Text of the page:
Review The Mirror King (The Orphan Queen #2) by Jodi Meadows

Synopsis: Wilhelmina has a hundred enemies.

HER FRIENDS HAVE TURNED. After her identity is revealed during the Inundation, Princess Wilhelmina is kept prisoner by the Indigo Kingdom, with the Ospreys lost somewhere in the devastated city. When the Ospreys’ leader emerges at the worst possible moment, leaving Wil’s biggest ally on his deathbed, she must become Black Knife to set things right. 

HER MAGIC IS UNCONTROLLABLE. Wil’s power is to animate, not to give true life, but in the wraithland she commanded a cloud of wraith mist to save herself, and later ordered it solid. Now there is a living boy made of wraith—destructive and deadly, and willing to do anything for her.

HER HEART IS TORN. Though she’s ready for her crown, declaring herself queen means war. Caught between what she wants and what is right, Wilhelmina realizes the throne might not even matter. Everyone thought the wraith was years off, but already it’s destroying Indigo Kingdom villages. If she can’t protect both kingdoms, soon there won’t be a land to rule.

In this stunning conclusion to THE ORPHAN QUEEN, Jodi Meadows follows Wilhelmina’s breathtaking and brave journey from orphaned criminal on the streets to magic-wielding queen.

Rating: 3.5/5 Stars
Genres: Fantasy, Young Adult
Previous books in the series:

My thoughts:

As soon as I finished The Orphan Queen, I dreamed about The Mirror King and I wanted it like yesterday. And, surprisingly, I got it back in September -- thanks to the Edelweiss gods. And then I read. And read. And read. But I was in no way invested into the story. I was probably not in the right mood, but suffice it to say, I dropped it at 43%. Still kept it on my currently reading shelf though. And now that it was finally published, my conscience dictated -- get your shit together and finish the damn book.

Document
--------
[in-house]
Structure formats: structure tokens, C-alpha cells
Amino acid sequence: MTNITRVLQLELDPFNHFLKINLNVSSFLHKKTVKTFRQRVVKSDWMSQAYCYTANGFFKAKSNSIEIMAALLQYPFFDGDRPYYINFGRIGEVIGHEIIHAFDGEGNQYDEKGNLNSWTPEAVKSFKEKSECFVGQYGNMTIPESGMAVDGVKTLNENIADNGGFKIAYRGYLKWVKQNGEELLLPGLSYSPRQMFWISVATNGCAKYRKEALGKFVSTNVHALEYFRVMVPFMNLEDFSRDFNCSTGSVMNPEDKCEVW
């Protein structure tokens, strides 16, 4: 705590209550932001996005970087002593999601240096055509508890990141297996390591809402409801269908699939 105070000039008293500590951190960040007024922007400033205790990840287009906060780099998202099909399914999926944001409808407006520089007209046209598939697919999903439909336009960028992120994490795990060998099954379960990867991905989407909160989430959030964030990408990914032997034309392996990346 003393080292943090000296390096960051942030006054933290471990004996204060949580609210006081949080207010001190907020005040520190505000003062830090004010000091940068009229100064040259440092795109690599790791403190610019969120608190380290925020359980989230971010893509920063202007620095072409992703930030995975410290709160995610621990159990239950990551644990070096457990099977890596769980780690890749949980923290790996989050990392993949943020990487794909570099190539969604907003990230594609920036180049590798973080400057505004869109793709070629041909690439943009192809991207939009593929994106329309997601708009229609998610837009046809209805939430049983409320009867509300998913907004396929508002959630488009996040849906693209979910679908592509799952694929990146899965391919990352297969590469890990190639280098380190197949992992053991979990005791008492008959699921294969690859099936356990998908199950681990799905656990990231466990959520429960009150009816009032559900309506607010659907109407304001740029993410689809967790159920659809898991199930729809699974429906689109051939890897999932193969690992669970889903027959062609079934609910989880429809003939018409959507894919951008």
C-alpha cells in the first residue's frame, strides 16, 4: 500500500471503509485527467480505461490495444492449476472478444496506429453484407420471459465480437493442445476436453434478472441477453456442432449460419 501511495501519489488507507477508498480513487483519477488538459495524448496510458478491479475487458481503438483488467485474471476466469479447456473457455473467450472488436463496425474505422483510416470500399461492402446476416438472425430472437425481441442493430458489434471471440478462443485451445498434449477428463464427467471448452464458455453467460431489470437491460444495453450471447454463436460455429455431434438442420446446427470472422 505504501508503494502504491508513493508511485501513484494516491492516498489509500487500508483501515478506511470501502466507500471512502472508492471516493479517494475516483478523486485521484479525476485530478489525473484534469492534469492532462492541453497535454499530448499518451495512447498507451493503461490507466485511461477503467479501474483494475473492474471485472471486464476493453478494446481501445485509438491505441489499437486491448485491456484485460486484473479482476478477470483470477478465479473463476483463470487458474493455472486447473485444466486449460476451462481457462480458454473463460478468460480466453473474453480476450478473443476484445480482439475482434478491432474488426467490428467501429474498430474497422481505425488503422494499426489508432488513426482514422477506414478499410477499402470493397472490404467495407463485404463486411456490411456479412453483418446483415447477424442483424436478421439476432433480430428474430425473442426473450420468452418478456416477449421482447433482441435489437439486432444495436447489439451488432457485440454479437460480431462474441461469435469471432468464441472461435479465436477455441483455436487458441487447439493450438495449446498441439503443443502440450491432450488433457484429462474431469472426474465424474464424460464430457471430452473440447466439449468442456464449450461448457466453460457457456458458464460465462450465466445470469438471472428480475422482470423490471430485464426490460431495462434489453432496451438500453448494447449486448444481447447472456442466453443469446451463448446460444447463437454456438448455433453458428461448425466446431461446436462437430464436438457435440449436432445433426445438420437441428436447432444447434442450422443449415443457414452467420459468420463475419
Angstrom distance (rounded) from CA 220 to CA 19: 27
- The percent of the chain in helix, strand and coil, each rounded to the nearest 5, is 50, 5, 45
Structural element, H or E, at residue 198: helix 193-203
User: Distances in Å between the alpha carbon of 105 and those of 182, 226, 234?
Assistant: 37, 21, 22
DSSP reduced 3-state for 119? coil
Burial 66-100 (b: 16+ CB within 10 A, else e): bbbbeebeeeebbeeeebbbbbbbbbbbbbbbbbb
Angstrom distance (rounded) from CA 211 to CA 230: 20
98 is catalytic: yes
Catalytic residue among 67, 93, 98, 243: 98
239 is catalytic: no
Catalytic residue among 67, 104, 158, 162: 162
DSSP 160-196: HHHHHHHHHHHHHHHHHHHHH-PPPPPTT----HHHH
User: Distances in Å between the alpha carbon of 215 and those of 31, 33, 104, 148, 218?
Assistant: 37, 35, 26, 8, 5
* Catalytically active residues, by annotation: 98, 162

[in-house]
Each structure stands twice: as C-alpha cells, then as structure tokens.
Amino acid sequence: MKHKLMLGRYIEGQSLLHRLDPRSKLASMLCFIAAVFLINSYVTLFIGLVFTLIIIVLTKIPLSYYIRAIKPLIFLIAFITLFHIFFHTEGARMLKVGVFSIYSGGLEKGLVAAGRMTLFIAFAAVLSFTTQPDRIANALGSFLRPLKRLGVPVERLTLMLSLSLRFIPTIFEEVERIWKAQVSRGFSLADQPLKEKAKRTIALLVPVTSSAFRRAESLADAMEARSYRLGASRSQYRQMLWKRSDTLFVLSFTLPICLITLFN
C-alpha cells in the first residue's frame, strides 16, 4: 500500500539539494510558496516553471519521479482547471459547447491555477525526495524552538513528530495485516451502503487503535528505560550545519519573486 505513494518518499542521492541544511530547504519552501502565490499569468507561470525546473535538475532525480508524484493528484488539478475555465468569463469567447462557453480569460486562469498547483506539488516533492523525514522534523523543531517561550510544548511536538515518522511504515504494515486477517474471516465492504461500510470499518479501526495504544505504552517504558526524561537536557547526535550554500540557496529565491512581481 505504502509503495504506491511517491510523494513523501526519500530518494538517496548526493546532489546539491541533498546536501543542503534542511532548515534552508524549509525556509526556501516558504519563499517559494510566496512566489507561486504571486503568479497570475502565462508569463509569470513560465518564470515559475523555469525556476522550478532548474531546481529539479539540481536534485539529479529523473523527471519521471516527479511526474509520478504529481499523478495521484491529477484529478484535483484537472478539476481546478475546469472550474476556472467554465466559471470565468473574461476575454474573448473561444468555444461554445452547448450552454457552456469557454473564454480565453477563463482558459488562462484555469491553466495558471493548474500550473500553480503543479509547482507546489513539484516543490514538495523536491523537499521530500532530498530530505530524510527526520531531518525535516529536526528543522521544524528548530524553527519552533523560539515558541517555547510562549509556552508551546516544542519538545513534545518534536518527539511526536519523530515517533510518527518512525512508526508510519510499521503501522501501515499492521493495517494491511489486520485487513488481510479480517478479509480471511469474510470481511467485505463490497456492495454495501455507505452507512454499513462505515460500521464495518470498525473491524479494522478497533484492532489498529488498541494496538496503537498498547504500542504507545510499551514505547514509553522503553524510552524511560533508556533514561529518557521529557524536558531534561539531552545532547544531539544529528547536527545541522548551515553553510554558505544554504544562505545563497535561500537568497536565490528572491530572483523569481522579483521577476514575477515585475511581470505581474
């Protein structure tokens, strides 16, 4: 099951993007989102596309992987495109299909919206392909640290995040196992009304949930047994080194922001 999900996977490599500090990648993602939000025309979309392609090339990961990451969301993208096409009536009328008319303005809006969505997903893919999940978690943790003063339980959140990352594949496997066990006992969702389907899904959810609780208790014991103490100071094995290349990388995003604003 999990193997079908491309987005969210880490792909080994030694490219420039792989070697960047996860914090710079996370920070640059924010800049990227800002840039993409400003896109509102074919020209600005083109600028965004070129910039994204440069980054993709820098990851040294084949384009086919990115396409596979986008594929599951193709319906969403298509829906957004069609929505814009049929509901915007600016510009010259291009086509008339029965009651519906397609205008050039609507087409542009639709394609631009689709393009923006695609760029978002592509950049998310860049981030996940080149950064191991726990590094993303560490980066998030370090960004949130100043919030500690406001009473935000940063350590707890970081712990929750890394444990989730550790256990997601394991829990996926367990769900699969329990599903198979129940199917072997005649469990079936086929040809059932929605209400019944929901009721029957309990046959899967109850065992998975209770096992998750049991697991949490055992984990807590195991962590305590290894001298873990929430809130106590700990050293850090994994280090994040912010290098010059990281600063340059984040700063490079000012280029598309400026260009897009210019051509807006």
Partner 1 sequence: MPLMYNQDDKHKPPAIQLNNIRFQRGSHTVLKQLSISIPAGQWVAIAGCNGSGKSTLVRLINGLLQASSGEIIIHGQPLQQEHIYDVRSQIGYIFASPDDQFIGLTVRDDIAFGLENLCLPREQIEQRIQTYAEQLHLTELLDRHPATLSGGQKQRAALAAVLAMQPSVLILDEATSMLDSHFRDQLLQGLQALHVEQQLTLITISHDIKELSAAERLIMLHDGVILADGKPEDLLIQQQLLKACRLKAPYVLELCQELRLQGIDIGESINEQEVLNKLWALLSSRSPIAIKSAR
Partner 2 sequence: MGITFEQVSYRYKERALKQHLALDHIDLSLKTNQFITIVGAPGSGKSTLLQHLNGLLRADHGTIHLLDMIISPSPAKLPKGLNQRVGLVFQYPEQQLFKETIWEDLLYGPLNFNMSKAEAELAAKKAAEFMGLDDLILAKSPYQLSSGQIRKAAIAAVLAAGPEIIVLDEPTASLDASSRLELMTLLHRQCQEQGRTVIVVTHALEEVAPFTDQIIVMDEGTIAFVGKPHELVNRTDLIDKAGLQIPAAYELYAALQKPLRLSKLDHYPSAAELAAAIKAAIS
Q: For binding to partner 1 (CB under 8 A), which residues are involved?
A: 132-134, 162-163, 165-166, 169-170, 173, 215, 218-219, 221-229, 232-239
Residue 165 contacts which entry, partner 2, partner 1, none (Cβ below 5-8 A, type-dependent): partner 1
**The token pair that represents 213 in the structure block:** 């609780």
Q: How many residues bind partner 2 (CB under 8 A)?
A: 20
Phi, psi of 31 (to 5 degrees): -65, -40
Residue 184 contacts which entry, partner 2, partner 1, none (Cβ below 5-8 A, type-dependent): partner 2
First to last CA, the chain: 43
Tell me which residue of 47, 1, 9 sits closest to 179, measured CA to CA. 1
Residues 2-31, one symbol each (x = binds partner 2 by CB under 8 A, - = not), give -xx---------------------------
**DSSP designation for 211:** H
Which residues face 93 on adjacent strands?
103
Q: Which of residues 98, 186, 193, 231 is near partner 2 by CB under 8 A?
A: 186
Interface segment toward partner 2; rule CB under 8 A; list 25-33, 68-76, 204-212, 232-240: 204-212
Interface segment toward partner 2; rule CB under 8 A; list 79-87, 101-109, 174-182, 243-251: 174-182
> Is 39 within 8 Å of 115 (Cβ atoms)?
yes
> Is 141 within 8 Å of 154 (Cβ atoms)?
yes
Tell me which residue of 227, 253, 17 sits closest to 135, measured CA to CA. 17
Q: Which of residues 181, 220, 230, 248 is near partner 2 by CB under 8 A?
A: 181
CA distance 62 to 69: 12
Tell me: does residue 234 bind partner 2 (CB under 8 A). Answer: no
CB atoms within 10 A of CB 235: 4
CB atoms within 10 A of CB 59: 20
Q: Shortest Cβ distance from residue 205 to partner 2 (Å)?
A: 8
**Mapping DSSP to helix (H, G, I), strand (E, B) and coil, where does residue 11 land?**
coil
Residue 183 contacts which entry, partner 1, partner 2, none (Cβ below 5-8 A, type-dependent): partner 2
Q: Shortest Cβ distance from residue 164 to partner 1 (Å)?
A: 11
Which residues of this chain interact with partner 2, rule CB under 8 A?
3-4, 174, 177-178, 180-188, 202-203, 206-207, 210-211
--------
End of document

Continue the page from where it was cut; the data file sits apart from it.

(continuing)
And I did. 

And *gasp* I actually liked it! 

“This was love without masks.”

There were several big flaws that led to the initial dropping. First and foremost, the first half was, simply put, B-O-R-I-N-G. Uninteresting. Moving at a snail's pace and without an adequate plot. Not even Tobiah's and Wil's sexy chemistry were able to keep me glued to the pages -- the situation there was already effing weird since Tobiah was on his way to marrying Meredith, which I quite liked. Coming back though, there was a clear juxtaposition of mere secondary plot lines thrown into our faces without bringing out the big guns. Imagine, I was downright disappointed. 

Secondly, the problem that irked me to no end was how the romantic closure was handled, I mean -- come on, we all knew and expected that Tobiah and Wil will somehow end up together; it's just one of that predictable aspects every series has. AND I WAS PUMPED FOR THAT. But still, even if the cliche is there, you wish for it to be handled in a clever manner. And that is certainly not what happened in TMK. It's the reason why I dropped it, the reason why I thought I'd DNF it. Because it angered me, disgusted me and simply left me speechless at such a crap way of twisting the plot to the author's liking. I wanted something plausible, something sneaky, not something so straight-cut it's basely. I was pissed off and thank goodness I was because in the end that's what prompted me to give it another shot and another go -- which, in turn, culminated with a higher rating than the one I would've given it if finished then (probably 1 or 2 stars). 

Thirdly, Wil -- she was stupid stupid stupid. Not on the whole -- she had a fantastic character development, she was standing her ground, becoming a young and fair leader; kind, resourceful, bold, all attributes a queen should have and I admired her for her queen like demeanor.